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Prof. Eric Arnoys


The bombardier beetle relies on simple but effective chemistry to defend itself from predators. When threatened, it shoots a stream of boiling hot spray at the attacker:

Figure 1A from T. Eisner and D.J. Aneshansley, "Spray aiming in the bombardier beetle: Photographic evidence," PNAS USA 96, pp. 9705–9709.

You can also see a bombardier beetle in action from this (and many others) YouTube video.

How is the mix of boiling irritants propelled at the attacker? It turns out that a sample decomposition reaction provides both the gaseous expansion for propulsion and the heat needed to boil the solution. Hydrogen peroxide is held in one pouch, awaiting the proper catalyst for its decomposition:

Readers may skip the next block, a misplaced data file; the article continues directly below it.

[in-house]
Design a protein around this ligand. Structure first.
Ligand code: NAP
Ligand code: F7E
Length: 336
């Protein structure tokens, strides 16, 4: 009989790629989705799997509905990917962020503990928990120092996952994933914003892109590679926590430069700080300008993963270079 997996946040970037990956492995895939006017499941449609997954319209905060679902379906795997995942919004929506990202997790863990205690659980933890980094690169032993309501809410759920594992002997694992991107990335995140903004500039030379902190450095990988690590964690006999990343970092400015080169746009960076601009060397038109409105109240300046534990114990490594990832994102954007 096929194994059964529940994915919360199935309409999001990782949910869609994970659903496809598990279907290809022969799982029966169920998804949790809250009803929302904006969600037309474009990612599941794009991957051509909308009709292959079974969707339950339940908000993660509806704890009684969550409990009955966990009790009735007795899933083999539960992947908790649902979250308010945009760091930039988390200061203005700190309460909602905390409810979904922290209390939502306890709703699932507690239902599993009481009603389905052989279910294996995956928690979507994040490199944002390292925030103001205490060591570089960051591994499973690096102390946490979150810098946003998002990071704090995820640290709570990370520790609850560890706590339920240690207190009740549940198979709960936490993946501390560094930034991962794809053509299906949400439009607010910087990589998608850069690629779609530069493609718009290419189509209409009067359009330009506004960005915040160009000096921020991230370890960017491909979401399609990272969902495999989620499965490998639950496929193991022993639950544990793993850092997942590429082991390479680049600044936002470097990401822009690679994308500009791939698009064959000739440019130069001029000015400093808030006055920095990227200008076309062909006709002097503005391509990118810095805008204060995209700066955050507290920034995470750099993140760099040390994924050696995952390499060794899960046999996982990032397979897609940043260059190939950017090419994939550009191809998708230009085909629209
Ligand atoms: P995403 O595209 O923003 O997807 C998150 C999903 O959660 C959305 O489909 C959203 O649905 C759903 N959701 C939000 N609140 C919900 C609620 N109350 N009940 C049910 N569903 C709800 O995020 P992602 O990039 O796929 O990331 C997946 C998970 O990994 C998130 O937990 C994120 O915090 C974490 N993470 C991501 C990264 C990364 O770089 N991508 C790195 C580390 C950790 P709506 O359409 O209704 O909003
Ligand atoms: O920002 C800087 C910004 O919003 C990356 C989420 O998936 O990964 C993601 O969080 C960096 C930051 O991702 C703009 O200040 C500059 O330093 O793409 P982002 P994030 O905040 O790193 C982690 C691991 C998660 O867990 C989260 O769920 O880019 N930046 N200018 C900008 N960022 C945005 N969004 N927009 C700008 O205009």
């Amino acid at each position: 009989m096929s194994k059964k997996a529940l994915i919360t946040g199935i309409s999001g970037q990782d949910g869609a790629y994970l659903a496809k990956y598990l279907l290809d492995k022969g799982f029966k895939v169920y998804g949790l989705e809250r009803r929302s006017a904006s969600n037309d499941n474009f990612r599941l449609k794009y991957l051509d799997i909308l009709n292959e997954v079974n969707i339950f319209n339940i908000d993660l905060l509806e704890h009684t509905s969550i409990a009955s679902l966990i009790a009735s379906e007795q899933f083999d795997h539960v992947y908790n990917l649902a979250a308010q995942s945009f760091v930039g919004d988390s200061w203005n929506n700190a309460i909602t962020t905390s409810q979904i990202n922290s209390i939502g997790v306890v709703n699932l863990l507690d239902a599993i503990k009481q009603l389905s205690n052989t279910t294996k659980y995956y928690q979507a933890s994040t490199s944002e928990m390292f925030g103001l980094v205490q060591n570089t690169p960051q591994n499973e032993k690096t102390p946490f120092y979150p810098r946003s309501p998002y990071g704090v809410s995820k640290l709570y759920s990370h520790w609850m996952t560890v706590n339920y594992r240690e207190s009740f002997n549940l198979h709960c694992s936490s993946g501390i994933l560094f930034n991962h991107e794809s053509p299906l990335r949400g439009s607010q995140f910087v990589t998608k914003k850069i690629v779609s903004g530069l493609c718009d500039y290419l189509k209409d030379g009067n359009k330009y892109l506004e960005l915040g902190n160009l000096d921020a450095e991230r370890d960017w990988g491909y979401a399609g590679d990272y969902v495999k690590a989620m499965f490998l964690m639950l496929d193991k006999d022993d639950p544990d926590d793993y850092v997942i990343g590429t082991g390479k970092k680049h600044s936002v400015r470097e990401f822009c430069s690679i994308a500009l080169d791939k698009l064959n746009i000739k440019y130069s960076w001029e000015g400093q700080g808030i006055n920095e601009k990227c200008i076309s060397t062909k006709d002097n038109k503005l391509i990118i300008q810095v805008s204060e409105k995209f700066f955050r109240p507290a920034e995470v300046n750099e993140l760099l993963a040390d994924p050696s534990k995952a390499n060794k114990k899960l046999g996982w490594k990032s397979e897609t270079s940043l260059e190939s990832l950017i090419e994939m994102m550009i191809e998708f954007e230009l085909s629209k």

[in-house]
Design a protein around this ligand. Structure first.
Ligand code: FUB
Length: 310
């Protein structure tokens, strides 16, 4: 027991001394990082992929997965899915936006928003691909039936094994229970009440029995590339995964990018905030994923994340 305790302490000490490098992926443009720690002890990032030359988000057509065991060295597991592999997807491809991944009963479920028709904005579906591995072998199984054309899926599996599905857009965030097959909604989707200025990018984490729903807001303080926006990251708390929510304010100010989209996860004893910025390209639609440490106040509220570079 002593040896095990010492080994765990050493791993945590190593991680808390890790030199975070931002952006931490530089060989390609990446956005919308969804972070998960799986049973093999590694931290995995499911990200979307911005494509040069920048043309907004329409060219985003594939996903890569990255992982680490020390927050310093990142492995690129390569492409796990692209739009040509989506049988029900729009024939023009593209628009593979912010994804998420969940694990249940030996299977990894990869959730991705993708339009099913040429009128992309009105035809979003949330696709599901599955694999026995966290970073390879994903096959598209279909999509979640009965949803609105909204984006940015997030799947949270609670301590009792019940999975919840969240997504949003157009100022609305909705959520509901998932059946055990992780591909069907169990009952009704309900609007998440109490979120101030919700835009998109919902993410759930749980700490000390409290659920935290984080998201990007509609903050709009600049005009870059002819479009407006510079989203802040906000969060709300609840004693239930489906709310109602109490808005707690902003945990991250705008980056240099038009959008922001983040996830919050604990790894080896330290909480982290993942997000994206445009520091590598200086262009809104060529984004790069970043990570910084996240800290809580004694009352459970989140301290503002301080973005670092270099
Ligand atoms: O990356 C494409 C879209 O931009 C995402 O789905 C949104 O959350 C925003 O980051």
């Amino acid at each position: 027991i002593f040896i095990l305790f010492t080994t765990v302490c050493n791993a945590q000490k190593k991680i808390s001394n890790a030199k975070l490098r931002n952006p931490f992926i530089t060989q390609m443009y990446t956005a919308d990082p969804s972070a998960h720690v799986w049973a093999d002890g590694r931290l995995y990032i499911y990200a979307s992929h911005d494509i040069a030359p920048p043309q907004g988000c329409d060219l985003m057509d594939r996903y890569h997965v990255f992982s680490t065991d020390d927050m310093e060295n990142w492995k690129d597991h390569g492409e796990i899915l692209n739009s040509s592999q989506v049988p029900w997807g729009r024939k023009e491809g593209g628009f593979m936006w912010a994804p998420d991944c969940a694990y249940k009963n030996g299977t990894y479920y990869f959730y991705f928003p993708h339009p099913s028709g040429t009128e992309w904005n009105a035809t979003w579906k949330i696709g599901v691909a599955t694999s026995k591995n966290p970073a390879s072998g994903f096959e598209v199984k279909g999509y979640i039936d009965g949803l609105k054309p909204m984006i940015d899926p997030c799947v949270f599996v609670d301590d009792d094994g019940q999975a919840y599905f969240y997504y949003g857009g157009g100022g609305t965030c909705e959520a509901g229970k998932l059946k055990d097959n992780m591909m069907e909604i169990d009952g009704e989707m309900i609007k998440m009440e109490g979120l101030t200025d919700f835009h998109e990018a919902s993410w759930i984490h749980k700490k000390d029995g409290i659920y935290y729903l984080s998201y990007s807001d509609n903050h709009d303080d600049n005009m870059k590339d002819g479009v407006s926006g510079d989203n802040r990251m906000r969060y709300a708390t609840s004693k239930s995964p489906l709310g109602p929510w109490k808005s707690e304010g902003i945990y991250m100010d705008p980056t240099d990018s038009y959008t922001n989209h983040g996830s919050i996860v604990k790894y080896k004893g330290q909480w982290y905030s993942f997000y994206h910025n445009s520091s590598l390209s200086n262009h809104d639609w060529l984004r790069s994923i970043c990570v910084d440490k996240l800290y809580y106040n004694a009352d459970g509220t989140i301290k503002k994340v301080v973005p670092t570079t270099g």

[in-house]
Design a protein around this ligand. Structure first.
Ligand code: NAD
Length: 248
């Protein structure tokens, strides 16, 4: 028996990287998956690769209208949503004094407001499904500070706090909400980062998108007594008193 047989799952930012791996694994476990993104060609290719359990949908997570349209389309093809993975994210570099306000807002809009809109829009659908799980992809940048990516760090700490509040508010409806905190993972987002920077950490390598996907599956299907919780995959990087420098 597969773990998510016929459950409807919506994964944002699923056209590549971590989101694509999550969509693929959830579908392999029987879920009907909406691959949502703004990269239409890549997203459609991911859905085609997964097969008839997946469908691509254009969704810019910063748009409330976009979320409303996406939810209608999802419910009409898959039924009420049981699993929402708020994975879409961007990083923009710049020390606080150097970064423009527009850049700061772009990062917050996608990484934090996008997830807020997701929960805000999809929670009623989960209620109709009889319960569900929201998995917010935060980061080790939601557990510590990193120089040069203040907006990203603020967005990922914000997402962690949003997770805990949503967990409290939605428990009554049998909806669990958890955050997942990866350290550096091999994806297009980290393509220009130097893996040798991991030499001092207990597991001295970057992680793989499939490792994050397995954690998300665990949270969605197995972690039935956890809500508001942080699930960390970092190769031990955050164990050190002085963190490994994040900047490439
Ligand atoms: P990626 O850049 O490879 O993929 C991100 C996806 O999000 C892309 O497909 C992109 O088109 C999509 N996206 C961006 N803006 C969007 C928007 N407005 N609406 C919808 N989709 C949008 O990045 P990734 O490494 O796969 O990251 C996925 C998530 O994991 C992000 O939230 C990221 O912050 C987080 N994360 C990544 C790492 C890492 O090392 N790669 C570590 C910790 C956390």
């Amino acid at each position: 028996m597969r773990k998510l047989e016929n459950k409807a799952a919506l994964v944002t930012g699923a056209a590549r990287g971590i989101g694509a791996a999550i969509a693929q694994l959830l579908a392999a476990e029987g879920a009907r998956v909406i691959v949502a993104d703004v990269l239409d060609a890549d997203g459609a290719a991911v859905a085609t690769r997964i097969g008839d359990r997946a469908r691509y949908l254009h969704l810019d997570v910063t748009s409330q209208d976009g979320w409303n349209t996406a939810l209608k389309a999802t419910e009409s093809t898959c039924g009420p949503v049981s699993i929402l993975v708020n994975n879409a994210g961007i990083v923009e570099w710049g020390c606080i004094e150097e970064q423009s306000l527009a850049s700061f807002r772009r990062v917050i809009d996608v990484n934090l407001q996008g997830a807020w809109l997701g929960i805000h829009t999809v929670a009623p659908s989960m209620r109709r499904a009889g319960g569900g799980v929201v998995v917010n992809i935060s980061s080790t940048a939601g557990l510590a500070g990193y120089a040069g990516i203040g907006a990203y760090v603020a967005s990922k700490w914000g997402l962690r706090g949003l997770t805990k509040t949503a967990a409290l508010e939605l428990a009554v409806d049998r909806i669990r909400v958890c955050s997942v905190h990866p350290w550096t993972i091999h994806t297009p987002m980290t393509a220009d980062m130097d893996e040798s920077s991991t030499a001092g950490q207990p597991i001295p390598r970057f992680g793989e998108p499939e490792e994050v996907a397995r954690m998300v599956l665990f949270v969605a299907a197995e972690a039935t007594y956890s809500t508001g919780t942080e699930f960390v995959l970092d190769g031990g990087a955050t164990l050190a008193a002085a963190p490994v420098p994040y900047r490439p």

2H2O2(aq) → 2H2O(l) + O2(g)

In one simple reaction the beetle generates the heat and the explosive force for its self-defense. Heating of the solution results from the standard enthalpy of decomposition of -98.2 kJ/mol, and oxygen evolution expands to a volume ~500 fold for the molecules that react.


This brings us to our protein: the appropriately named catalase (this is the structure of the human isoform, PDB code 1QQW, structure generated with PyMOL). Most species of catalase are found as tetramers and employ the iron in a heme to oxidize the peroxide, resulting in a reaction rate only limited by diffusion. If RuBisCO is a tortoise, catalase is an overly-caffeinated hare--it is unlikely that you'll find a faster enzyme..

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